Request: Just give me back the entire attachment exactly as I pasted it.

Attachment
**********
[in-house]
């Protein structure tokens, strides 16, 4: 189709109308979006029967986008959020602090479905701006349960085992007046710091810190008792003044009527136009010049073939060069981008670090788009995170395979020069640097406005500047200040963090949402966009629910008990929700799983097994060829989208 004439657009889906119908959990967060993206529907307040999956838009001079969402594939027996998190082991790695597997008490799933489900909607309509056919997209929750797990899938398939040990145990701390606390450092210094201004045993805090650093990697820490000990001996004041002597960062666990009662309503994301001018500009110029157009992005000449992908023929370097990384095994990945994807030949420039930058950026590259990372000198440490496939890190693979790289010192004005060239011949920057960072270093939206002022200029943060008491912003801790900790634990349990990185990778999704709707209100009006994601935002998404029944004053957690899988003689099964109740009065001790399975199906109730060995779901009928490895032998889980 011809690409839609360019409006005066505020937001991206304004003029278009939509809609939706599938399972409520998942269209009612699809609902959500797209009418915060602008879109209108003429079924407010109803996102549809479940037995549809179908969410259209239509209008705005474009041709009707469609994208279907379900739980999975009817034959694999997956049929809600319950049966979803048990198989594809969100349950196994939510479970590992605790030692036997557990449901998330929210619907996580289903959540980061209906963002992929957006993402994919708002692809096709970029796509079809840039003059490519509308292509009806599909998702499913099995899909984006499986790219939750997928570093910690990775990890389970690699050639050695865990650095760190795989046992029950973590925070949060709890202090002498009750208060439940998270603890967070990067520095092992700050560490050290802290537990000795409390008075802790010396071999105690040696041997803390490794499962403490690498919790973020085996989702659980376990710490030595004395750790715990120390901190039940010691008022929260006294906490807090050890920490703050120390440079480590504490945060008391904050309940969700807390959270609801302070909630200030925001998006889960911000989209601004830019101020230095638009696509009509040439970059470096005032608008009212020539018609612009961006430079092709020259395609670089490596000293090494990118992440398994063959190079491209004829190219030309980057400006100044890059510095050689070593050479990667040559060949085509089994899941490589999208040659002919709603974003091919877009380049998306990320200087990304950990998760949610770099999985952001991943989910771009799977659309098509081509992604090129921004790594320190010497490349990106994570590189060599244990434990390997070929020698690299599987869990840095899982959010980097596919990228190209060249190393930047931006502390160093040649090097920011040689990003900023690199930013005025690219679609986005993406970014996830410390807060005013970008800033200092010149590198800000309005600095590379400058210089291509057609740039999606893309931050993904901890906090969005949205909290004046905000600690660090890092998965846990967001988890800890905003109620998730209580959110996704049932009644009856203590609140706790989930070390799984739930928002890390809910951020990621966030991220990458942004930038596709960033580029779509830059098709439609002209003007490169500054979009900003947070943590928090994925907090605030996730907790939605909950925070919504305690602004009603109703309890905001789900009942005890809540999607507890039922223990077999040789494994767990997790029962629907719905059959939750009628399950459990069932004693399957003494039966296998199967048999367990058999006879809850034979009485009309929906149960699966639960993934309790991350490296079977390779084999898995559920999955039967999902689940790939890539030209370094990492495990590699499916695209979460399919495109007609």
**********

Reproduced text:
[in-house]
């Protein structure tokens, strides 16, 4: 189709109308979006029967986008959020602090479905701006349960085992007046710091810190008792003044009527136009010049073939060069981008670090788009995170395979020069640097406005500047200040963090949402966009629910008990929700799983097994060829989208 004439657009889906119908959990967060993206529907307040999956838009001079969402594939027996998190082991790695597997008490799933489900909607309509056919997209929750797990899938398939040990145990701390606390450092210094201004045993805090650093990697820490000990001996004041002597960062666990009662309503994301001018500009110029157009992005000449992908023929370097990384095994990945994807030949420039930058950026590259990372000198440490496939890190693979790289010192004005060239011949920057960072270093939206002022200029943060008491912003801790900790634990349990990185990778999704709707209100009006994601935002998404029944004053957690899988003689099964109740009065001790399975199906109730060995779901009928490895032998889980 011809690409839609360019409006005066505020937001991206304004003029278009939509809609939706599938399972409520998942269209009612699809609902959500797209009418915060602008879109209108003429079924407010109803996102549809479940037995549809179908969410259209239509209008705005474009041709009707469609994208279907379900739980999975009817034959694999997956049929809600319950049966979803048990198989594809969100349950196994939510479970590992605790030692036997557990449901998330929210619907996580289903959540980061209906963002992929957006993402994919708002692809096709970029796509079809840039003059490519509308292509009806599909998702499913099995899909984006499986790219939750997928570093910690990775990890389970690699050639050695865990650095760190795989046992029950973590925070949060709890202090002498009750208060439940998270603890967070990067520095092992700050560490050290802290537990000795409390008075802790010396071999105690040696041997803390490794499962403490690498919790973020085996989702659980376990710490030595004395750790715990120390901190039940010691008022929260006294906490807090050890920490703050120390440079480590504490945060008391904050309940969700807390959270609801302070909630200030925001998006889960911000989209601004830019101020230095638009696509009509040439970059470096005032608008009212020539018609612009961006430079092709020259395609670089490596000293090494990118992440398994063959190079491209004829190219030309980057400006100044890059510095050689070593050479990667040559060949085509089994899941490589999208040659002919709603974003091919877009380049998306990320200087990304950990998760949610770099999985952001991943989910771009799977659309098509081509992604090129921004790594320190010497490349990106994570590189060599244990434990390997070929020698690299599987869990840095899982959010980097596919990228190209060249190393930047931006502390160093040649090097920011040689990003900023690199930013005025690219679609986005993406970014996830410390807060005013970008800033200092010149590198800000309005600095590379400058210089291509057609740039999606893309931050993904901890906090969005949205909290004046905000600690660090890092998965846990967001988890800890905003109620998730209580959110996704049932009644009856203590609140706790989930070390799984739930928002890390809910951020990621966030991220990458942004930038596709960033580029779509830059098709439609002209003007490169500054979009900003947070943590928090994925907090605030996730907790939605909950925070919504305690602004009603109703309890905001789900009942005890809540999607507890039922223990077999040789494994767990997790029962629907719905059959939750009628399950459990069932004693399957003494039966296998199967048999367990058999006879809850034979009485009309929906149960699966639960993934309790991350490296079977390779084999898995559920999955039967999902689940790939890539030209370094990492495990590699499916695209979460399919495109007609």